It seems that making New Year’s resolutions is passé, and the trend du jour is to define one’s attitude toward the year in a single word. As it turns out, there’s an entire book and website devoted to this concept. I guess I’m late to the party (but not fashionably).
I’m not fully on board with the idea that one word can change a life (except perhaps the name Jesus), but I like the notion of looking into the future hopefully. So I spent some time today thinking about what I hope for in the year to come.
For a word person, narrowing hope down to a single symbol is no easy task. Still, I picked one: fearless.
I started with courage. Bravery in the face of adversity. Living well when you don’t feel like it. Choosing the road less traveled. Pulling on the Spandex Spidey suit when the bullies come to town. Perseverance with a smile.
But then I got stuck, because courage largely exists because of fear. Courage represents a certain kind of strength that I admire and often need, but I want to learn how to live above fear. I’m tired of spending so many hours of my day fretting. What if my child never gets well? What if this relationship can’t be mended? What if there’s not enough money? What if I’m wrong about EVERYTHING? What if, what if … even while Jesus whispers “Be anxious for nothing” from the depths of my heart.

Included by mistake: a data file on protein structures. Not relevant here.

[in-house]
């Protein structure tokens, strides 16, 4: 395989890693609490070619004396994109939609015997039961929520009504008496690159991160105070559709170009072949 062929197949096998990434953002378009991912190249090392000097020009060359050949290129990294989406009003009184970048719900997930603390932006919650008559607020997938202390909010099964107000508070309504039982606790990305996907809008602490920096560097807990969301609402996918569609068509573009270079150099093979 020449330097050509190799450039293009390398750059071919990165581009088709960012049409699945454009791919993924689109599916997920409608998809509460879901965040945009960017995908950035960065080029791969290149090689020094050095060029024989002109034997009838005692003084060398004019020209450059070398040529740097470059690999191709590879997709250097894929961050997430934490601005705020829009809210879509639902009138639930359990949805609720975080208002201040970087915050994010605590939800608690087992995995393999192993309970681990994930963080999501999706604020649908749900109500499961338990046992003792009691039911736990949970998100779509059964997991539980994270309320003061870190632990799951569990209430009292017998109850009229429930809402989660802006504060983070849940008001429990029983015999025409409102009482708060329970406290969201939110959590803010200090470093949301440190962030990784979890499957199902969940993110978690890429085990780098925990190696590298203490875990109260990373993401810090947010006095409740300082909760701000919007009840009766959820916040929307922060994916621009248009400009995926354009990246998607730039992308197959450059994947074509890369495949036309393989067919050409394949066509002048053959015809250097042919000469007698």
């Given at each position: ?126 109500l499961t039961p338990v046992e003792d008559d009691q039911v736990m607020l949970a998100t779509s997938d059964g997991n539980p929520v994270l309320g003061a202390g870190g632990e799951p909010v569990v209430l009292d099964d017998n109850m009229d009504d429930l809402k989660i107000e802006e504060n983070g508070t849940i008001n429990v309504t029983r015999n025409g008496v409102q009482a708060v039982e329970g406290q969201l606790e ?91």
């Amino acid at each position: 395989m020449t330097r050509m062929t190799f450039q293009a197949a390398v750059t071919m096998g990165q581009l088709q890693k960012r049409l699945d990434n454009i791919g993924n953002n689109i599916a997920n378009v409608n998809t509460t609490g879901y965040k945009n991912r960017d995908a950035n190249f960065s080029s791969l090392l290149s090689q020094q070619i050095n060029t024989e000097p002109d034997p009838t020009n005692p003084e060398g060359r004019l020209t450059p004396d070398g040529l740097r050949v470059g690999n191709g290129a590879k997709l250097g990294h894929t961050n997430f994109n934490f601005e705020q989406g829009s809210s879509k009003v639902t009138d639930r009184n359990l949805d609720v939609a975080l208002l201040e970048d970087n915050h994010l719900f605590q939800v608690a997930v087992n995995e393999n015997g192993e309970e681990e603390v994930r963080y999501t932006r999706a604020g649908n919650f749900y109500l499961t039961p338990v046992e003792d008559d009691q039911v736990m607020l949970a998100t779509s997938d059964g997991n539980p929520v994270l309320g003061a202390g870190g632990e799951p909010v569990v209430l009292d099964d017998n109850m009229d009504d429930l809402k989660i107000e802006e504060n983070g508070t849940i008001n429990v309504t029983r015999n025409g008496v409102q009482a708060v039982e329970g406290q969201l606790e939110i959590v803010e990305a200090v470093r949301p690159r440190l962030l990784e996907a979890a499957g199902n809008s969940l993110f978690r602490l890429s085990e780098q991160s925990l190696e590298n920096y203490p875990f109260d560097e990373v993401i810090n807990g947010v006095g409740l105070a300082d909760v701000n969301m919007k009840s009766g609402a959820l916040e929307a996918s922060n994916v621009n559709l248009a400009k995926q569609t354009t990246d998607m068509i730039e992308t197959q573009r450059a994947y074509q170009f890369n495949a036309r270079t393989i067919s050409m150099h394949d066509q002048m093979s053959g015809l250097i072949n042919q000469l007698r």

What if I had a kind of courage that was motivated by love instead of fear? What if fear was not the driving force in my personal story?
Is this humanly possible? Some will say no. The human race survives because of fear. Otherwise we would have been wiped out a gazillion years ago by the prehistoric tigers when we tried to scratch their cute ears.
Okay, so maybe I’m looking for a both/and kind of fearlessness. I have no plans to drive my car at top speeds into a brick wall, as Jeff Bridges’ character heartstoppingly (and somehow poignantly) did in the 1993 film Fearless. But I just wonder a new kind of what if.
- What if I stop fearing the consequences of having less control over my own life than I want, and instead believe that Christ’s loving strength is made perfect in my weakness (2 Corinthians 12:8-10)?
- What if I always bring my best efforts to the table because I’ve learned how to love the people I serve, and not because I fear failure or their disapproval?
- What if I obey Jesus’ teachings because I love him and believe he loves me, and not because I’m afraid I’ll be damned if I screw up?
This is only the beginning of a long list, a hunch that fearless courage would give me a new perspective on the world, on the people who share it with me, on the God who loves us all.
When my son was born my mother told me she’d been praying for him, that he would grow up to be fearless. I think I joked, Oh no, please, not the X-Games in his future! But I see in him the kind of fearlessness she was speaking of: Freedom from the nail-biting dread of anxiety. Joy. And though he is only five, I see the joy of that freedom in him already, and I look to him for his childlike example.
What kind of fear would you like to give up this year?
Photo credit Alice Popkorn